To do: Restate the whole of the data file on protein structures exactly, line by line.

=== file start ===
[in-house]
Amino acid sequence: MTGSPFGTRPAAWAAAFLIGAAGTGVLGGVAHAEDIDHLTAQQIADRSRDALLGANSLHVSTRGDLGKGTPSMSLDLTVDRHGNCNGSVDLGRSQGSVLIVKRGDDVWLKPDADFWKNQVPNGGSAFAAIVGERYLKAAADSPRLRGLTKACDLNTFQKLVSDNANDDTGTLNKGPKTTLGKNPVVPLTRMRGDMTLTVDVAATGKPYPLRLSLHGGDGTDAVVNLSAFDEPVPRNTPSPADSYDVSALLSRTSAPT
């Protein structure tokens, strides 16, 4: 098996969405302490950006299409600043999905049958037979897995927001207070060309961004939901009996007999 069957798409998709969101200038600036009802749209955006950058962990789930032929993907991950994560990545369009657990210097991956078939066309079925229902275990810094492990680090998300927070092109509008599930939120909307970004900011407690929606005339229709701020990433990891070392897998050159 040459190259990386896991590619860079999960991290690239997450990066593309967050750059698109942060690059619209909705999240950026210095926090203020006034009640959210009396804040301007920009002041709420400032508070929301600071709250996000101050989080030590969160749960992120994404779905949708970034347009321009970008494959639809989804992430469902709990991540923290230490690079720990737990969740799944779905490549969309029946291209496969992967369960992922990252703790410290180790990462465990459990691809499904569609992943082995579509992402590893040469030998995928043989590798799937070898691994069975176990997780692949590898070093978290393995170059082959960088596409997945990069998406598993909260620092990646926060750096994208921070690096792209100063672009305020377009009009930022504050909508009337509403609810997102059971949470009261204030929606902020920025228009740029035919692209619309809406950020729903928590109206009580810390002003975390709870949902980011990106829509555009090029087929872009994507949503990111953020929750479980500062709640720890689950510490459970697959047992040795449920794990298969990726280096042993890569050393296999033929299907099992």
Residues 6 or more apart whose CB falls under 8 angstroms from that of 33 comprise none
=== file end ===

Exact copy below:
[in-house]
Amino acid sequence: MTGSPFGTRPAAWAAAFLIGAAGTGVLGGVAHAEDIDHLTAQQIADRSRDALLGANSLHVSTRGDLGKGTPSMSLDLTVDRHGNCNGSVDLGRSQGSVLIVKRGDDVWLKPDADFWKNQVPNGGSAFAAIVGERYLKAAADSPRLRGLTKACDLNTFQKLVSDNANDDTGTLNKGPKTTLGKNPVVPLTRMRGDMTLTVDVAATGKPYPLRLSLHGGDGTDAVVNLSAFDEPVPRNTPSPADSYDVSALLSRTSAPT
């Protein structure tokens, strides 16, 4: 098996969405302490950006299409600043999905049958037979897995927001207070060309961004939901009996007999 069957798409998709969101200038600036009802749209955006950058962990789930032929993907991950994560990545369009657990210097991956078939066309079925229902275990810094492990680090998300927070092109509008599930939120909307970004900011407690929606005339229709701020990433990891070392897998050159 040459190259990386896991590619860079999960991290690239997450990066593309967050750059698109942060690059619209909705999240950026210095926090203020006034009640959210009396804040301007920009002041709420400032508070929301600071709250996000101050989080030590969160749960992120994404779905949708970034347009321009970008494959639809989804992430469902709990991540923290230490690079720990737990969740799944779905490549969309029946291209496969992967369960992922990252703790410290180790990462465990459990691809499904569609992943082995579509992402590893040469030998995928043989590798799937070898691994069975176990997780692949590898070093978290393995170059082959960088596409997945990069998406598993909260620092990646926060750096994208921070690096792209100063672009305020377009009009930022504050909508009337509403609810997102059971949470009261204030929606902020920025228009740029035919692209619309809406950020729903928590109206009580810390002003975390709870949902980011990106829509555009090029087929872009994507949503990111953020929750479980500062709640720890689950510490459970697959047992040795449920794990298969990726280096042993890569050393296999033929299907099992």
Residues 6 or more apart whose CB falls under 8 angstroms from that of 33 comprise none